I tried every kind of bribery to get him to behave and stand still, lost my patience once, got frustrated for not being able to do it without bribery and irritated that I kept snipping parts of his mane when trying to cut the braiding wool. I was soo determined to do it because I didn't want him rubbing out any of his mane between now and when I'd next be out.

Finally I finished and tossed him out in the pasture, which was converted to a single group pasture on the weekend. So 4 horses (his 2 old buddies plus 2 new ones) to visit with, and I was pleased (?) to find that it was all pretty boring. Moon was chased off twice, wandered the fence line, sniffed the paddock poo, had a sip of water and then rolled. When he finished, he trotted over to me, said hi, and then wandered off alone in the field.

I was still pretty worried about him since I didn't know if he was still going to die of colic, and since I had now added consumption of Round-Up to the list, left a message for H to let me know how he was when she got home.

When I was in the tack room I was surprised by a lovely note, a bouquet of flowers and a Mars Bar. I felt like I had just won the Rolex! And after a long day, no lunch and a lot of stress, let me say that good friends KNOW you need a chocolate bar!!!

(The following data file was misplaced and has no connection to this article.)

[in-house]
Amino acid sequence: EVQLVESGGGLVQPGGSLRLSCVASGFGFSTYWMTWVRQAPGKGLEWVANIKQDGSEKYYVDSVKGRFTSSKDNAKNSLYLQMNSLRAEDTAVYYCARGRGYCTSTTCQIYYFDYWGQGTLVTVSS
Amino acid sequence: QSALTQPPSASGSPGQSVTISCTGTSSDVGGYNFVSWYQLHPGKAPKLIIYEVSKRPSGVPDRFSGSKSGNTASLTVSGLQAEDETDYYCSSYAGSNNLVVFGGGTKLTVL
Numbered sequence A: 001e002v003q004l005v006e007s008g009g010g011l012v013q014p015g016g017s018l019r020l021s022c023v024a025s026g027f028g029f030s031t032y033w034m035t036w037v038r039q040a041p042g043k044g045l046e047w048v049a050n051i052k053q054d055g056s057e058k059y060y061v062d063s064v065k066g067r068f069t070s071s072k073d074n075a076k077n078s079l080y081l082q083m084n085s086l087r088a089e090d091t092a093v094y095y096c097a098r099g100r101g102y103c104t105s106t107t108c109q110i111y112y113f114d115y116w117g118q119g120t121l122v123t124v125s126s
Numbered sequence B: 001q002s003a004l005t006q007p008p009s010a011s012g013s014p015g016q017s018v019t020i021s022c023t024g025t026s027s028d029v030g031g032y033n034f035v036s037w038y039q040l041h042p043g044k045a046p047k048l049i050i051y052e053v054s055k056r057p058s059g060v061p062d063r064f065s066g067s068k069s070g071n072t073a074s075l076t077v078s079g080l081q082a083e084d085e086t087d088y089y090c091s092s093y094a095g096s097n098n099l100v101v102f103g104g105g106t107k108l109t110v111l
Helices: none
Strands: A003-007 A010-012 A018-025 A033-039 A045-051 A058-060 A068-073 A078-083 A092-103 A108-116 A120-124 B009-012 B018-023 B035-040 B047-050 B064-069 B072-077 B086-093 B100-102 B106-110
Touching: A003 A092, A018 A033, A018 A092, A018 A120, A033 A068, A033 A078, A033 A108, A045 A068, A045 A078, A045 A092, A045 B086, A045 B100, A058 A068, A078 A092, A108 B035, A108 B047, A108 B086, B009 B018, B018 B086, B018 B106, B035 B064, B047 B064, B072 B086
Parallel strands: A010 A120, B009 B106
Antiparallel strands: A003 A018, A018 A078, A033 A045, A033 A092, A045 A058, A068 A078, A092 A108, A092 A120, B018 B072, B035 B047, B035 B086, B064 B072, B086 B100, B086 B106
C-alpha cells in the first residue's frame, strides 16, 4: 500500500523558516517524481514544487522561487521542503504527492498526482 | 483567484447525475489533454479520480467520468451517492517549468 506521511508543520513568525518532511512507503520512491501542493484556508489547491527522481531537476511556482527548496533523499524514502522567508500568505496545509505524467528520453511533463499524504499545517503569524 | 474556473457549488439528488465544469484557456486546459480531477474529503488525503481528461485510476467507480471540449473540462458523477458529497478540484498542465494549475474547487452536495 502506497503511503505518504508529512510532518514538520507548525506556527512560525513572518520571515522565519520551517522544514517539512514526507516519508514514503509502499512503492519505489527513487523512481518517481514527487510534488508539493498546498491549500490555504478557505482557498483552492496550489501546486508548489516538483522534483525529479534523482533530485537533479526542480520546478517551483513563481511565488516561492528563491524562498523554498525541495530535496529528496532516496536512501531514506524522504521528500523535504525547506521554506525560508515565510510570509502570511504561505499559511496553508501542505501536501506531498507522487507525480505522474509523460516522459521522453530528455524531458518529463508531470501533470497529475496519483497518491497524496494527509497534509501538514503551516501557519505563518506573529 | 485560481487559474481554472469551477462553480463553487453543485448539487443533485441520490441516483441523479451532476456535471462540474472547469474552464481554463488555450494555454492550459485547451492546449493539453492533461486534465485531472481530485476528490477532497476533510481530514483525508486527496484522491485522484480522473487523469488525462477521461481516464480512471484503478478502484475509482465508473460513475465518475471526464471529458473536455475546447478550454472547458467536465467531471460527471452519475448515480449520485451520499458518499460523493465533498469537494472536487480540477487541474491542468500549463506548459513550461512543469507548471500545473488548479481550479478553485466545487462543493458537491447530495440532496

So home I went.

The rest was history. Hanging the new set of ribbons up, unpacking the car and showering. Flipping through the weekend's pictures, putting our lovely flowers out where we could see them, and placing Moon's "consolation" carrots in the fridge. I finally checked online about the beet pulp and learned that the need to pre-soak for hours to prevent it from expanding in the gut was actually an old wives tail, and H texted me to say he was still alive. I fell asleep almost instantly, after one or two emails with W about how incredible the weekend was.


Sunday afternoon, I would have told you I'd be happy never competing again. Plain and simple.

Sunday night, I would have told you that I'd like to compete again, just not for awhile.

Monday morning, I awoke and wondered when our next show would be!

: )

W, K and I are making plans already to do the July 1-day Sanctioned Dressage Show at the PREP facility again. We know the location now, it gives us 6 weeks of practice (vs. going to the June show in 2 weeks) and it would be slightly less costly and all consuming.

I'm bound and determined to finish that horse trailer, and despite the 28 degree C weather (that's hot) was out bolting down my floorboards. I was obsessed with getting the gaps even so the horses wouldn't be spooked by the road rushing beneath their feet and managed to burn myself with the drill. 2 hours later, the job was complete and I realised it didn't even matter since they'd be covered with rubber mats.